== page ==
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A Film out of synch 1960

One day, I was sitting in my office at the ABC in Melbourne, when I got a message that there was a man down at the front door who needed to talk to me.  Intrigued, I went down to find out who it was.

On arrival the man introduced himself as from the programme department of the Herald-Sun station, HSV 7.  (I remember them, they were the people who turned me down for a job in 1956).

He said “Are you Terence Gallacher ?” I said “Yes, I am, how can I help you ?

It seems they had a problem and they were sure that I could fix it.  He was carrying three 1200-foot cans of 16mm film.  He said that the sound track on the film was out of synch and it was so much out of synch that they were not even sure the track belonged to the picture.

The major problem for HSV was that this was a Hollywood movie and it had been well advertised to appear on their screen in two days.


Steenbeck - Image by Niels Endres via Flickr

When a sound track is printed onto the side of a film, the synchronous point on the sound track is 26 picture frames in advance of the equivalent image.  In order to ensure this, the sound track and the picture were each given synchronisation marks on their respective leaders.

The reason that the sound is advanced against the picture is that it is impossible to have a sound reader and the picture gate in the same place on the projector.  For this reason, the sound is advanced so that the two parts of the projector are separated.

From time to time, an operative in the laboratory will synch up the picture and sound ready for printing not realising that someone else in the lab has already done that, so, they advance the track a further 26 frames.  However this is only likely when the sound track has not got a suitable synch mark. Although this is not a common mistake, it does mean that when such a problem, as I had been posed with, comes to light, the first thing to do is to re-record the sound track on to separate 16mm magnetic tape.  This enables us to move it up and down in relation to the picture.  The first exercise is to see whether the track has been advanced 52 frames instead of 26.


Image by Brent Weichsel via Flickr

It was still out of synch.  I tried a few spots in between.  By now, I was joined at the Steenbeck machine by half the editors all trying to guess what the problem was.

I then said ”If in doubt, wait for someone to slam the door”.  We went through the picture looking for something that would guarantee a corresponding sound on the picture.  Someone slammed the door.  We matched it up and then went on to the first piece of dialogue.  We were in synch.  Rewinding to the front, we discovered that the track was 104 frames out of synch.  Someone must have had real fun in the laboratory, which, incidentally, would have been in Hollywood.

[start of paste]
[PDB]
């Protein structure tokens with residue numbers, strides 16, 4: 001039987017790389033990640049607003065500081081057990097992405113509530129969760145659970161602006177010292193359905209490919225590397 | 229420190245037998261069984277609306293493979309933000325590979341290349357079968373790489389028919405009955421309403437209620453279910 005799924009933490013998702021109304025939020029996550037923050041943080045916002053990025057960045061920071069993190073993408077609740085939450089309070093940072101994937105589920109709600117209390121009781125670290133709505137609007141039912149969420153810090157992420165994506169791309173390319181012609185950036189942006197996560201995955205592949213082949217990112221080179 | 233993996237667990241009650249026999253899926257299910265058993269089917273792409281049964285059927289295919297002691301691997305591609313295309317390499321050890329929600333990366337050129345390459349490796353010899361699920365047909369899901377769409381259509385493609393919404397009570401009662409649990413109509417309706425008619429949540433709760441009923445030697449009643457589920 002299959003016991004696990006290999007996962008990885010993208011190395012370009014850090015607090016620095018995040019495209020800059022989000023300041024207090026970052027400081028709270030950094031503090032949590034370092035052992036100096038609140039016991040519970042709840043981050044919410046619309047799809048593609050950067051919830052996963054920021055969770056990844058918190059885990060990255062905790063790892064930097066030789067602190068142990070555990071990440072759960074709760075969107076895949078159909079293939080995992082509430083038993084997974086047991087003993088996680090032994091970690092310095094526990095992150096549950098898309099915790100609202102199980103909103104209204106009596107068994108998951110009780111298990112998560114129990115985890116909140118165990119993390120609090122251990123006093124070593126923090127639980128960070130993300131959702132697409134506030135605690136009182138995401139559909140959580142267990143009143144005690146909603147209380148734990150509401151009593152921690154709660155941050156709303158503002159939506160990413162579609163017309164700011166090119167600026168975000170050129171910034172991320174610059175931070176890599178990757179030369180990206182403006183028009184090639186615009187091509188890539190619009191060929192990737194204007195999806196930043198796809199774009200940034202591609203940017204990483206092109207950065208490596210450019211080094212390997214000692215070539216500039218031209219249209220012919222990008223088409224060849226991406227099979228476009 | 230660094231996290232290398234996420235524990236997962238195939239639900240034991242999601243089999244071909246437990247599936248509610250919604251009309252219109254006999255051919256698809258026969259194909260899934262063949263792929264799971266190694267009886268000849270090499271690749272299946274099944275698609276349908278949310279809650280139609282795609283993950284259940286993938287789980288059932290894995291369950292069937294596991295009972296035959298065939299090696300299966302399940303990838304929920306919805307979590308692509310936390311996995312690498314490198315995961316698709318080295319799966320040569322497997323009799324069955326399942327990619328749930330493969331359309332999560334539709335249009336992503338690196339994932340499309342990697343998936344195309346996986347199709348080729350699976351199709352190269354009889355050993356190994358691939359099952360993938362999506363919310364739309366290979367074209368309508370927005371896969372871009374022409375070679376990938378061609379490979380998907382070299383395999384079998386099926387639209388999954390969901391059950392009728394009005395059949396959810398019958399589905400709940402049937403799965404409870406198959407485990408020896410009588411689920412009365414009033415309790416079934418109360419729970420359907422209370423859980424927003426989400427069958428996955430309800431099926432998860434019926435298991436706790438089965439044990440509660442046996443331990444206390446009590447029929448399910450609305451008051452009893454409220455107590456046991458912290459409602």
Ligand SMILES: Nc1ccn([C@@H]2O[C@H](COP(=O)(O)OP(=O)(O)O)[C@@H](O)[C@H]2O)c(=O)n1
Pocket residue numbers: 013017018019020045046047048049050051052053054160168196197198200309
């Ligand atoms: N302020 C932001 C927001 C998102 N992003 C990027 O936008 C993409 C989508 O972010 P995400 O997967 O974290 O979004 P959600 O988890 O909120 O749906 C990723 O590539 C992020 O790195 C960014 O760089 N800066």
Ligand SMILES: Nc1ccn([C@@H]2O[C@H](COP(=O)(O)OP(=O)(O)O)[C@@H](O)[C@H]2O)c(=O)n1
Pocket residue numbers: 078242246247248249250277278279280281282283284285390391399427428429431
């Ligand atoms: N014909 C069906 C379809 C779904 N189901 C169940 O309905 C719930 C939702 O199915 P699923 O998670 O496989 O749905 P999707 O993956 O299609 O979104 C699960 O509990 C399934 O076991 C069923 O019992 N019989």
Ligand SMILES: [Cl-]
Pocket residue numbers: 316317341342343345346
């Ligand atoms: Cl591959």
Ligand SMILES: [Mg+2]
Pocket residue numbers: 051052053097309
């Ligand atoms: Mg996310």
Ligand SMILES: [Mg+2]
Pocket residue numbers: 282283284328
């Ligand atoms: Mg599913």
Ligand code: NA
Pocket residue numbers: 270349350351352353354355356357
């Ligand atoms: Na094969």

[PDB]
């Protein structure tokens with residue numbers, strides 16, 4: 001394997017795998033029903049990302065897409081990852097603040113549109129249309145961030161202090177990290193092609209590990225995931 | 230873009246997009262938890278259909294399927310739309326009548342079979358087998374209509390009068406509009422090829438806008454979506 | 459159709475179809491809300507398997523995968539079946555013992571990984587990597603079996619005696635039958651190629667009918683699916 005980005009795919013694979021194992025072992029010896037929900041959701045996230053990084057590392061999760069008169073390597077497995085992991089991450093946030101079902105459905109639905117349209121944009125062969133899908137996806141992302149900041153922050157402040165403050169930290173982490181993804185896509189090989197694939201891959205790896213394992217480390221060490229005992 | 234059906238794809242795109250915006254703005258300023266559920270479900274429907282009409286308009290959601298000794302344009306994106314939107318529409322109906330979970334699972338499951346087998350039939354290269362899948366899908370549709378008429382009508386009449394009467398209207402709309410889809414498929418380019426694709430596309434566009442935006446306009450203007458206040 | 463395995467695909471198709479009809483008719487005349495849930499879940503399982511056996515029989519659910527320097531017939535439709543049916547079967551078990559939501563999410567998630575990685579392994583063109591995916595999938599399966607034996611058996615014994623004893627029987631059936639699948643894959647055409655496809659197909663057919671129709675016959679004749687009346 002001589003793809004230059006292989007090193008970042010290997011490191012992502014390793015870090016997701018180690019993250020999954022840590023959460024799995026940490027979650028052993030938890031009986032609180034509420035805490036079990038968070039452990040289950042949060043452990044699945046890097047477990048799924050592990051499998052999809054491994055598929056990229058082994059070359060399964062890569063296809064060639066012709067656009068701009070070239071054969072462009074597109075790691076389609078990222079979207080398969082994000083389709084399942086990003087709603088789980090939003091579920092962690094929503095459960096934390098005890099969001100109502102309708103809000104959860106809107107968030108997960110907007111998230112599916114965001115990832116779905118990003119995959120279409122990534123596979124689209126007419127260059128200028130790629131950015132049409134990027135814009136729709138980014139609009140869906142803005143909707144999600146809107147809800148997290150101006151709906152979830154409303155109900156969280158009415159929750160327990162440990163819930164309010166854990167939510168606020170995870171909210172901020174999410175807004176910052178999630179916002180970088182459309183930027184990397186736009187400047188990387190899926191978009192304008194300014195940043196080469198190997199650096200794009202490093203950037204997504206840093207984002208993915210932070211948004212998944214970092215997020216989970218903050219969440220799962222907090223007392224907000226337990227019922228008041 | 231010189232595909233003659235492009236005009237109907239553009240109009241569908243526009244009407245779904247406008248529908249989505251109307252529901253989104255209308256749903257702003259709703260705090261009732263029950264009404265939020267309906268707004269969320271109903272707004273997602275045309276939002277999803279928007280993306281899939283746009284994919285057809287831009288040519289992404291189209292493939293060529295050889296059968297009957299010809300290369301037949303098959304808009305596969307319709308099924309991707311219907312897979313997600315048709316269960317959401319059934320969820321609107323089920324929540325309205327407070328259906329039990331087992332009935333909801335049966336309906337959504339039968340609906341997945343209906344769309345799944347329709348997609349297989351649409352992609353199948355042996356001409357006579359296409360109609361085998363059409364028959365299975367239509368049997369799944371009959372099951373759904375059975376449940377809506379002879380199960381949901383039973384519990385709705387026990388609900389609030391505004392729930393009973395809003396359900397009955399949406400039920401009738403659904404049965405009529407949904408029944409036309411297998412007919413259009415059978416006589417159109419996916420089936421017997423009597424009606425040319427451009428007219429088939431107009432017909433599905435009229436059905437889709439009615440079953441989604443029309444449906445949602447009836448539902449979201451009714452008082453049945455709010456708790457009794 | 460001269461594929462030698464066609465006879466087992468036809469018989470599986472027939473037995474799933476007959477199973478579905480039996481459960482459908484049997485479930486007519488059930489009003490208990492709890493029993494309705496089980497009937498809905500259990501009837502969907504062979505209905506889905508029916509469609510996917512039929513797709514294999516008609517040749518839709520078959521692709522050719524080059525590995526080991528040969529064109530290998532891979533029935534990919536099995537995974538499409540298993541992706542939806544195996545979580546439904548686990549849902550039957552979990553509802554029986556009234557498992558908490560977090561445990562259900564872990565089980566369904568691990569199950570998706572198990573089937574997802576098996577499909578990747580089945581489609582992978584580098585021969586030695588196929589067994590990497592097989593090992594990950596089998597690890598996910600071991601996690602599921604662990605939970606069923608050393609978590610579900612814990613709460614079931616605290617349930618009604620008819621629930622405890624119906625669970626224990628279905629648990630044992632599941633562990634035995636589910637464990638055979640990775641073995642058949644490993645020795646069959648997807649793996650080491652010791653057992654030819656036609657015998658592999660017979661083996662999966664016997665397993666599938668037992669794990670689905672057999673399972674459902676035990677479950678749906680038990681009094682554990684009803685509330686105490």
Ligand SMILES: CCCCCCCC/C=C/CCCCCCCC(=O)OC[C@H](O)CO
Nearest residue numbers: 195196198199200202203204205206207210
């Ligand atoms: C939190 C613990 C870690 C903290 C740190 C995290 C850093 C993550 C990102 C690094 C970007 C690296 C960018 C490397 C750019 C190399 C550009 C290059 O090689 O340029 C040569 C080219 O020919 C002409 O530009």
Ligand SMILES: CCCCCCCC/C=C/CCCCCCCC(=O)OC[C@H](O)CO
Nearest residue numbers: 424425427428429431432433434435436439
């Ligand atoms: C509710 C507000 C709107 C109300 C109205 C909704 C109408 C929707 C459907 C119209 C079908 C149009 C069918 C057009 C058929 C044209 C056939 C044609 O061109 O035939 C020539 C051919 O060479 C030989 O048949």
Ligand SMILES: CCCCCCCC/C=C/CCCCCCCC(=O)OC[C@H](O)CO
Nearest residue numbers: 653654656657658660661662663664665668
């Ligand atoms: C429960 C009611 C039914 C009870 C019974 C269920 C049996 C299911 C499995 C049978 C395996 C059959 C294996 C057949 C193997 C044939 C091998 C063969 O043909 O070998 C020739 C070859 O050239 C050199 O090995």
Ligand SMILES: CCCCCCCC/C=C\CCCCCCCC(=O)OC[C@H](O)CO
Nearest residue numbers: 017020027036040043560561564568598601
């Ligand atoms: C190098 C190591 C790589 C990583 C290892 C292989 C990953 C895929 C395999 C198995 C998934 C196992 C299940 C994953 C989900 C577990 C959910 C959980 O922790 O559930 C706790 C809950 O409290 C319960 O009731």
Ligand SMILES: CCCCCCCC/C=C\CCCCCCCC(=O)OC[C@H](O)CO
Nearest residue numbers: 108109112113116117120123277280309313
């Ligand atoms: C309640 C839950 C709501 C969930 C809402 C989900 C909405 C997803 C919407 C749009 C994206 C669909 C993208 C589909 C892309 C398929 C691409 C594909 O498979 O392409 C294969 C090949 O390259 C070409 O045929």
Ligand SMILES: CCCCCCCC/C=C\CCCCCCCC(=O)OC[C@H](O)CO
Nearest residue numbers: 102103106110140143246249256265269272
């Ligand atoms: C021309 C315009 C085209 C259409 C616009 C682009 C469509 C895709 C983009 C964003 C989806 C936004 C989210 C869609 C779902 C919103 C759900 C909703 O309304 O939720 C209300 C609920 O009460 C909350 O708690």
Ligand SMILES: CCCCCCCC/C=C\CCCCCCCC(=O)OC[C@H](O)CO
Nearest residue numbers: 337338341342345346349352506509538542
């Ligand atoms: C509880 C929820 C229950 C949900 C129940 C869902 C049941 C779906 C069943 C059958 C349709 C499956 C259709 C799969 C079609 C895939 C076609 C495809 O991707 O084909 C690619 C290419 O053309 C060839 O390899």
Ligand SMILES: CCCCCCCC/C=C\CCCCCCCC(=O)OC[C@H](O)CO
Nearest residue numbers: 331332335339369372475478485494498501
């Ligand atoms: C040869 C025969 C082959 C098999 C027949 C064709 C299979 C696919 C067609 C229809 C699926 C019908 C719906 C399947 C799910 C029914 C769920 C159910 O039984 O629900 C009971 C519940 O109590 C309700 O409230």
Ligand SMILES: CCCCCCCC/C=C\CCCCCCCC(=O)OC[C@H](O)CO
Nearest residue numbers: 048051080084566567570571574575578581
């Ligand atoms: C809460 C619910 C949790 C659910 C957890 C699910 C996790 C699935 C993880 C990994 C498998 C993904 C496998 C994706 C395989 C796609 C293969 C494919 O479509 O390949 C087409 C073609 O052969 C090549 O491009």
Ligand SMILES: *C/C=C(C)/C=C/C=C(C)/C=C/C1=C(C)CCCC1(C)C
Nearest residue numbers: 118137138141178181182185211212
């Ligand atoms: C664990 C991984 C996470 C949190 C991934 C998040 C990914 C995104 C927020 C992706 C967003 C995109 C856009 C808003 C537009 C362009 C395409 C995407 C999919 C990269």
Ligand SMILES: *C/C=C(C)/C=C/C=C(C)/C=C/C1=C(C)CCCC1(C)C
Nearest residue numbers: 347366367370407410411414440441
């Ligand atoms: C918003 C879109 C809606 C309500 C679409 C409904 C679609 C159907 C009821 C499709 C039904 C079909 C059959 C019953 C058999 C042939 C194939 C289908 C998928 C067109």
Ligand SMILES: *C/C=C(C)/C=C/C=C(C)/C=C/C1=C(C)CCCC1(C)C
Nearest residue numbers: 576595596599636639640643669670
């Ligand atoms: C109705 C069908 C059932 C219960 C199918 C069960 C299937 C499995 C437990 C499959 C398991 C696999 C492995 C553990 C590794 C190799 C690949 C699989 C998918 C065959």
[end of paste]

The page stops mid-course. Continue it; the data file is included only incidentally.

Now we had it in synch, we had to check whether all of the sound track had been transferred on to the optical track.

As we were now operating with a separate magnetic track, we could work at level sync, that is to say, we had no need to advance the sound at all.

We found that the optical track had been printed some two and a half feet into the leader at the head.  At the end of the film, there had been one hundred and four frames of picture that had no sound.

When we placed the magnetic track in level sync, we found that the film now had a complete sound track, nothing was missing.

We handed the programme back to HSV 7 and they broadcast it.  I even watched it to see that all was well.

It was, indeed, an honour to have been sought out and asked to do this, but, afterwards, wondered how they had the colossal nerve to ask.  He said thanks, but we did not get paid.  However, we did feel considerably superior from then on, well maybe not superior but smug.  I cannot tell you how that made my day.

© Terence Gallacher and, 2011.  Unauthorized use and/or duplication of this material without express and written permission from this blog’s author and/or owner is strictly prohibited. Excerpts and links may be used, provided that full and clear credit is given to Terence Gallacher and with appropriate and specific direction to the original content.

For other articles about the ABC click here.

16mm film reel image courtesy of

2 Comments Post a comment
  1. Colin G #

    Must have been a really good feeling, in this day and age it would have involved’high fives’ in the editing department. Excellant story and informative too

    January 21, 2011
  2. You can imagine our feeling of triumph,when an opposing channel needed our help to enable them to show an advertised film.

    It was too far to go to the pub to celebrate. We just took on an air of superiority.

    January 25, 2011

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